In Nigeria, leadership failure as a source of insecurity extends far beyond the subnational level. Indeed, it strikes me as being much more poignant at the national level. President Jonathan’s fault was cluelessness, which was exacerbated by his intrinsic fear of the North in terms of his reelection aspirations, and which was akin to Obasanjo’s incapacity to pro-actively deal with Sharia at its introduction, but President Buhari has no such excuse. Here was a trusted, former military General who had battled to keep Nigeria united, coming to seek for our votes for the highest office in the nation, pledging to end insecurity, fight corruption, which he claimed would destroy Nigeria if left unchecked, and reorient our sinking economy. Nigerians had no reservations in electing him both in 2015 and 2019. He is a man of incomparable integrity and a former military Head of State. At the same time, I fervently endorsed his candidacy on these pages, believing he would be the best President Nigeria has ever had.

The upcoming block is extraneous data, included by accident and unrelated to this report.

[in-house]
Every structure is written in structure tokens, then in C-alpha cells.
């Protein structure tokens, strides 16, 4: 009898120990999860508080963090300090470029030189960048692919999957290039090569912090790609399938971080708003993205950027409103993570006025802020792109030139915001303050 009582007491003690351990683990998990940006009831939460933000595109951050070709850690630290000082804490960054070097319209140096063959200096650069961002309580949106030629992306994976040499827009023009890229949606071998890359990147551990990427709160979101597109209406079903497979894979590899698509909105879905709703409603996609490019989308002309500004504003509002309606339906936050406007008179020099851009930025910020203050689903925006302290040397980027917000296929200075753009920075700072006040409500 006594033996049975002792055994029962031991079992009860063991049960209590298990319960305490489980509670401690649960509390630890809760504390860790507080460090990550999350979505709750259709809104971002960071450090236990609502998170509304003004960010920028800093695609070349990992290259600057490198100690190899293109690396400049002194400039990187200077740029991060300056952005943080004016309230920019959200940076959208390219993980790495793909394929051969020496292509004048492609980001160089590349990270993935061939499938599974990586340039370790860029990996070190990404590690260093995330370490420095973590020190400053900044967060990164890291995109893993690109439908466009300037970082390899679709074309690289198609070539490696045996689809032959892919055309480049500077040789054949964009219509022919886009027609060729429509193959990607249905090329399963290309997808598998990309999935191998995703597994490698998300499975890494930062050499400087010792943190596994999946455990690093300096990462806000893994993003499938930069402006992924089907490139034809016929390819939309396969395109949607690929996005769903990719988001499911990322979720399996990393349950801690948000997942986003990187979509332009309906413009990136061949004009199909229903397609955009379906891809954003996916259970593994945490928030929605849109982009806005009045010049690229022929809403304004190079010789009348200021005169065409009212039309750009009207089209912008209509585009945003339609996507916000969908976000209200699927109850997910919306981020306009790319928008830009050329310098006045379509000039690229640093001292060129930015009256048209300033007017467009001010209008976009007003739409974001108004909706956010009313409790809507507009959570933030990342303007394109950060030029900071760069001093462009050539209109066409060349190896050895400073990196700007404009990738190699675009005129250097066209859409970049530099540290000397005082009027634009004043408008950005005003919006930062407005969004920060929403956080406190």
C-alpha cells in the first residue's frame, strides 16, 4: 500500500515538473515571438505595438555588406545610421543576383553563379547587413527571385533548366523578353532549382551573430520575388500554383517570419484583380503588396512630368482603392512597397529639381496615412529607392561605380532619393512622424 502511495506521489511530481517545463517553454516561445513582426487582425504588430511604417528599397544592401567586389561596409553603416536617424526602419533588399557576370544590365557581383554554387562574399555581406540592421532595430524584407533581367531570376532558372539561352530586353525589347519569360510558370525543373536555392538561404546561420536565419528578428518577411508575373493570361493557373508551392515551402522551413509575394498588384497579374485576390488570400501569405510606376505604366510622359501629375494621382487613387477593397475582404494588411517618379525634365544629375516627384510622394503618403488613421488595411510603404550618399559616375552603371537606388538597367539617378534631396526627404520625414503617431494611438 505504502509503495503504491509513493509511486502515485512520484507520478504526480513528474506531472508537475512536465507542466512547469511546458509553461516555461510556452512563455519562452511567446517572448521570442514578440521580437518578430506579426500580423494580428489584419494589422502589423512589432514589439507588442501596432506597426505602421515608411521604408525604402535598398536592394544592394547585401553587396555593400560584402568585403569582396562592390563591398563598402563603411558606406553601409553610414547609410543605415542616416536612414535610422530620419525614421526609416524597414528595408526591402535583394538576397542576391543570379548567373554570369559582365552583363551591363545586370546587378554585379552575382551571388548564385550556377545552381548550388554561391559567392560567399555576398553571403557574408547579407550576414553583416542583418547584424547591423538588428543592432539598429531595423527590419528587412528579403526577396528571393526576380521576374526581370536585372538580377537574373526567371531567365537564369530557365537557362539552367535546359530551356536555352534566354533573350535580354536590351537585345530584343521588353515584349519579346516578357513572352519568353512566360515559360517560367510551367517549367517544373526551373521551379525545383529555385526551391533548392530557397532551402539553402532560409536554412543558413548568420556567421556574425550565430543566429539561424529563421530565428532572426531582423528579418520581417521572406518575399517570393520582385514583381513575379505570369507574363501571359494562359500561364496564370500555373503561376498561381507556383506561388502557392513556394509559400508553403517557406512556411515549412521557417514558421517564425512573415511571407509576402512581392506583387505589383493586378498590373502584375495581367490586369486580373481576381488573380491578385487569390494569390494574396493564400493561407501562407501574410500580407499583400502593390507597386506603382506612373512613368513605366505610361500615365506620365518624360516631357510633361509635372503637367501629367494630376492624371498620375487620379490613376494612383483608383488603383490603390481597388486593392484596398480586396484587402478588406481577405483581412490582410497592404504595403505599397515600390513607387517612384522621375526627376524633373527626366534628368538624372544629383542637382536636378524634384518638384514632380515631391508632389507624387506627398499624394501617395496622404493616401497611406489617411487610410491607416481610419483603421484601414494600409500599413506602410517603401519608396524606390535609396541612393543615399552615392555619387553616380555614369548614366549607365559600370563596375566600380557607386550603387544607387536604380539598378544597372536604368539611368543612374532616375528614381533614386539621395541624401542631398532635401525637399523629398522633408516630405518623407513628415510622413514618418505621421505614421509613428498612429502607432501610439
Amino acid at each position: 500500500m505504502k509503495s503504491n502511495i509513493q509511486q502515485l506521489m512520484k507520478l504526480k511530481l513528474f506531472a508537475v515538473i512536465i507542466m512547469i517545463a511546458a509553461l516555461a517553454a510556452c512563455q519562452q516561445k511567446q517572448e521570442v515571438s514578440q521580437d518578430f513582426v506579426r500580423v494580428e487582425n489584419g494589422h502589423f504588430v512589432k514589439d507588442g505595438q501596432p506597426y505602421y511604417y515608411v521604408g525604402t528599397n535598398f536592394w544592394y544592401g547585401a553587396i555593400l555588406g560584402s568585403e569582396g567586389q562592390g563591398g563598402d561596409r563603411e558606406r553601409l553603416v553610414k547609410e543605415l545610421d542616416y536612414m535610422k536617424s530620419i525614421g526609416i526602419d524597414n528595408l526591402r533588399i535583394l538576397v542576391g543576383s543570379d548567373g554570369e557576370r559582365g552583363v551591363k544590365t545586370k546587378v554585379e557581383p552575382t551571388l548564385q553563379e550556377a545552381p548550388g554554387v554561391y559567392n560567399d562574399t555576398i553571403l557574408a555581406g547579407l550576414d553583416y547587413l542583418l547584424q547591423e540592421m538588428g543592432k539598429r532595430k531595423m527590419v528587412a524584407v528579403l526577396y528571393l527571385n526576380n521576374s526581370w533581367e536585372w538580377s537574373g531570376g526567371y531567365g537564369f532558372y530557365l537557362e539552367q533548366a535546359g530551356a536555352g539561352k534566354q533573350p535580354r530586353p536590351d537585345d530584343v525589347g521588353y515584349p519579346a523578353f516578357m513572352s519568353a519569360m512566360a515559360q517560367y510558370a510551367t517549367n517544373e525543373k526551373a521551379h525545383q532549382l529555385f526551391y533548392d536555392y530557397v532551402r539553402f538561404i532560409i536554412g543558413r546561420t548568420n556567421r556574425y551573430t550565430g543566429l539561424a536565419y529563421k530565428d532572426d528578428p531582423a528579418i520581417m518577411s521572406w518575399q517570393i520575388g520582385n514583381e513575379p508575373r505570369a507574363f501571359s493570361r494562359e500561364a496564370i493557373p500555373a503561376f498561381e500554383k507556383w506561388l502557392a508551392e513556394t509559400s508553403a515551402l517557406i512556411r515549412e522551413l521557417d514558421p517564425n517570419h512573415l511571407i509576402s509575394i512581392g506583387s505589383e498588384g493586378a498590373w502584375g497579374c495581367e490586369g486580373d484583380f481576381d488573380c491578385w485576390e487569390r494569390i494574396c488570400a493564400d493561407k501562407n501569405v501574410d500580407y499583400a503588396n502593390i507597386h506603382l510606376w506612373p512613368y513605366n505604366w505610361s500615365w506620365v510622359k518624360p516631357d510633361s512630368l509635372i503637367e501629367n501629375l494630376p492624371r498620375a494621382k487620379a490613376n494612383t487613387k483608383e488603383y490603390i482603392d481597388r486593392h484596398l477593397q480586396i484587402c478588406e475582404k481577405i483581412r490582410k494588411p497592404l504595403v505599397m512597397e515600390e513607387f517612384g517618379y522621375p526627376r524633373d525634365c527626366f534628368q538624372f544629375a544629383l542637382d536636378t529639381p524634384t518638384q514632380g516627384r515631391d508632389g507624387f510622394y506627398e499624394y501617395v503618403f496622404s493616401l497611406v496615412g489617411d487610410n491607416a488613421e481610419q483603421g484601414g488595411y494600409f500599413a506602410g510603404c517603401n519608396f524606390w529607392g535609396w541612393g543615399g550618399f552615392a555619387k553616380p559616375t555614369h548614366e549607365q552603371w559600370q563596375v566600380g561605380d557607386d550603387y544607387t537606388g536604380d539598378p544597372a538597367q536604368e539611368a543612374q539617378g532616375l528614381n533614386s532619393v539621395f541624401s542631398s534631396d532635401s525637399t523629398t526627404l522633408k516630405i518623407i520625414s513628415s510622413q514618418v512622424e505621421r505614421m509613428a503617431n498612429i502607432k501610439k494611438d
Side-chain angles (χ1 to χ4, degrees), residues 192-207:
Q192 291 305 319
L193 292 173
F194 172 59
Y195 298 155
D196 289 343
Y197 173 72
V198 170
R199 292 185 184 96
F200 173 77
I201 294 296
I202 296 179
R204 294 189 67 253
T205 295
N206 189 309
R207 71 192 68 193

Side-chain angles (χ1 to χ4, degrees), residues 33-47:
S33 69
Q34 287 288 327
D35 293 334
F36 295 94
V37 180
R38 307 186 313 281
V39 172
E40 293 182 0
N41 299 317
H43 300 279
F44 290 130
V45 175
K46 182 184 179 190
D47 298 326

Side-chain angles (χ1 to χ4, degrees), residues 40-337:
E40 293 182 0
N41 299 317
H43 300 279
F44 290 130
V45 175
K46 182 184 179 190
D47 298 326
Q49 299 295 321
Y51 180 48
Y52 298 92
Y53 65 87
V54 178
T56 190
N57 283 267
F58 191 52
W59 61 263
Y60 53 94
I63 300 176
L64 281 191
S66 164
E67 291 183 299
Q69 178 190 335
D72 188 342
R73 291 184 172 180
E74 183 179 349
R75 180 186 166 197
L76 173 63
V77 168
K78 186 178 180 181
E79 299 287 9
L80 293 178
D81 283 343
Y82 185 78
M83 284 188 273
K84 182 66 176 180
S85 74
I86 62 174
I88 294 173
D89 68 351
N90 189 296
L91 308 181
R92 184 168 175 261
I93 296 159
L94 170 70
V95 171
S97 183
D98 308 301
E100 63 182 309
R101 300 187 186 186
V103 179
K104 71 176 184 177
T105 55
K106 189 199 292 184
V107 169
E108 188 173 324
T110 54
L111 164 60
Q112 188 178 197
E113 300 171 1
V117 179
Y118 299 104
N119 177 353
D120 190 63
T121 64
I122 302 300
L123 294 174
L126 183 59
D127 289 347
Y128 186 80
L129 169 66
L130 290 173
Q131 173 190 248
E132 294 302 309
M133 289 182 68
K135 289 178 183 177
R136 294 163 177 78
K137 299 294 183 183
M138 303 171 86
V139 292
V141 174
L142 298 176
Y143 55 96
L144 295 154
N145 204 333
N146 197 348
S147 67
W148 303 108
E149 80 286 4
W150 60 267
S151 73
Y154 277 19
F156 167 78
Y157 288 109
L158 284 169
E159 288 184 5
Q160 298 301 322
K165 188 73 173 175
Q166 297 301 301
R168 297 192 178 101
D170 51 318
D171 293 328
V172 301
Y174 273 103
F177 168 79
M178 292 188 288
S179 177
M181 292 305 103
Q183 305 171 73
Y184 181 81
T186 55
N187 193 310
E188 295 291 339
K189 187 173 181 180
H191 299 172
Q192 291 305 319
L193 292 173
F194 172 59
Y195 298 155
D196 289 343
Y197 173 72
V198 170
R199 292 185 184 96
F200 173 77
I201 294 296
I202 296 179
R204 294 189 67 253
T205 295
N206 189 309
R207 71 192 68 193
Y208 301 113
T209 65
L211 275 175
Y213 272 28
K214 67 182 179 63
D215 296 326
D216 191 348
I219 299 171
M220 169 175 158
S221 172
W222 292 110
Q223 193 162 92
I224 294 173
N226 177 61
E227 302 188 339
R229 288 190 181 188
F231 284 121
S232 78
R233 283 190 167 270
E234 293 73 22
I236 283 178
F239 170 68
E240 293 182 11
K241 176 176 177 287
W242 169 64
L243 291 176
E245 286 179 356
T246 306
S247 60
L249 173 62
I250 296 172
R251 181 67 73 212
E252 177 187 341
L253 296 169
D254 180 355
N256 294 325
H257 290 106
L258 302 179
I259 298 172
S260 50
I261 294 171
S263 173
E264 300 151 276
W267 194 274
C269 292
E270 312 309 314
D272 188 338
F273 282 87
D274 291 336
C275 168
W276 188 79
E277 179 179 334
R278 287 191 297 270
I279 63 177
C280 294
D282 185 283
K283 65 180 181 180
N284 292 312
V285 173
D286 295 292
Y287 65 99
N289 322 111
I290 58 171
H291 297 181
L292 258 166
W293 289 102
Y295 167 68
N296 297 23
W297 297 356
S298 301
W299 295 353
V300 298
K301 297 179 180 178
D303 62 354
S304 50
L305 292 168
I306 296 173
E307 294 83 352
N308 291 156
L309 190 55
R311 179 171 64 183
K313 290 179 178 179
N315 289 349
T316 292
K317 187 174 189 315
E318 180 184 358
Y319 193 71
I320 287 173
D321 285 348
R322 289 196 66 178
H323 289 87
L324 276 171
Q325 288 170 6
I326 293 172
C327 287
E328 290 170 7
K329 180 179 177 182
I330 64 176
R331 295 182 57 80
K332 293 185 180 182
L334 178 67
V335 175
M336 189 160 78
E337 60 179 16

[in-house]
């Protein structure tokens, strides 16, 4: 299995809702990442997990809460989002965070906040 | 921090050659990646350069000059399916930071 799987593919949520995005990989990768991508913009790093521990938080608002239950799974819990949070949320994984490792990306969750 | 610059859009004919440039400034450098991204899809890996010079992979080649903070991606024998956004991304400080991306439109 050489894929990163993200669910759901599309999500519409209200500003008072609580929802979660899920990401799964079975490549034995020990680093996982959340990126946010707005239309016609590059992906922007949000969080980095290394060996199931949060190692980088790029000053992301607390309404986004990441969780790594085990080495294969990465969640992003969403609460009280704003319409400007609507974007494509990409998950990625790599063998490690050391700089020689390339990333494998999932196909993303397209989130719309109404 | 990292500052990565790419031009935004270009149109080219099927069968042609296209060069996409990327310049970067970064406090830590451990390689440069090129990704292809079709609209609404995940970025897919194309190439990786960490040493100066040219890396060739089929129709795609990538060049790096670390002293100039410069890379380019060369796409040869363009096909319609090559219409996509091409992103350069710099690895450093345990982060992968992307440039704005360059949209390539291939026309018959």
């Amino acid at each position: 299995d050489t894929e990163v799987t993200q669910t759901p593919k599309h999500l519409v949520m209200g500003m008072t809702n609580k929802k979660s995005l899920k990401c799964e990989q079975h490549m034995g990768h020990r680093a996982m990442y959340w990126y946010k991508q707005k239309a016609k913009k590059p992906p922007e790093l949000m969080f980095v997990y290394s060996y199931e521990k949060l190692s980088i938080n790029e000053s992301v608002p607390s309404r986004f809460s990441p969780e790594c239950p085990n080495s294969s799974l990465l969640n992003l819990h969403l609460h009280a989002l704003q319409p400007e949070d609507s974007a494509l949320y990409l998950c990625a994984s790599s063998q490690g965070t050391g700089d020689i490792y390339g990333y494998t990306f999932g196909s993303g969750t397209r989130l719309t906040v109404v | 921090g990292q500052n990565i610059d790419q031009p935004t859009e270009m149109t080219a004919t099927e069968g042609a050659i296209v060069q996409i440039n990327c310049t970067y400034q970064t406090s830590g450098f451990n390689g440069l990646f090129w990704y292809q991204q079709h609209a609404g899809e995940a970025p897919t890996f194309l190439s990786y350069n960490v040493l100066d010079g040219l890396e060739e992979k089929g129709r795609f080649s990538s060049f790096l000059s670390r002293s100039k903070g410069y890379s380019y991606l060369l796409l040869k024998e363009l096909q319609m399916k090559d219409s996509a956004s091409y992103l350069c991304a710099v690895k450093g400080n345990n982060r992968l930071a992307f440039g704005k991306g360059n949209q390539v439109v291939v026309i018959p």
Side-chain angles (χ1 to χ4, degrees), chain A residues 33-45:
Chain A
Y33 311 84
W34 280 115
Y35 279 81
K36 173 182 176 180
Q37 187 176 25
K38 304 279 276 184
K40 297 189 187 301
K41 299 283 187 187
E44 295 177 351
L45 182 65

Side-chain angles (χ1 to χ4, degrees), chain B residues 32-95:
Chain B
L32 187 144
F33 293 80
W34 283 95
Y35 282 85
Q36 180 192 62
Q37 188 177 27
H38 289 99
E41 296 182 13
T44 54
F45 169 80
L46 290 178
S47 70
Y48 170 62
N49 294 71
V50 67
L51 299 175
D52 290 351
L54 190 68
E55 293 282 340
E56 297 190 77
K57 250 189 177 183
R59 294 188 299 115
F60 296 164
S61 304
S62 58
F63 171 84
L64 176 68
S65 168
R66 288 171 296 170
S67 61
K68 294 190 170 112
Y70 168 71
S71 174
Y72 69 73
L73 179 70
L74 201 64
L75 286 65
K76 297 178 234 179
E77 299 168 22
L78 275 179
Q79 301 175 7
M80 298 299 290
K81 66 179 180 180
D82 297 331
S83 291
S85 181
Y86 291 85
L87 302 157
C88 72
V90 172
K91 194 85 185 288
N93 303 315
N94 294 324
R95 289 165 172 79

But what did we gain in return?
The PDP had the audacity to point out this government’s failures, simply because of the President’s wholly unforeseen shortcomings, most of which were self-inflicted.
When asked what the PDP failed to do during its 16-year stranglehold on Nigeria, Kola Ologbondiyan, the Party’s Spokesperson, responded:
“The truth is that President Muhammadu Buhari has failed miserably to keep any of the promises he made to Nigerians over the last five years. The economy is in a state of disarray. He vowed to fight kidnapping, insurrection, and banditry from the front lines, yet we are currently dealing with the worst form of all three.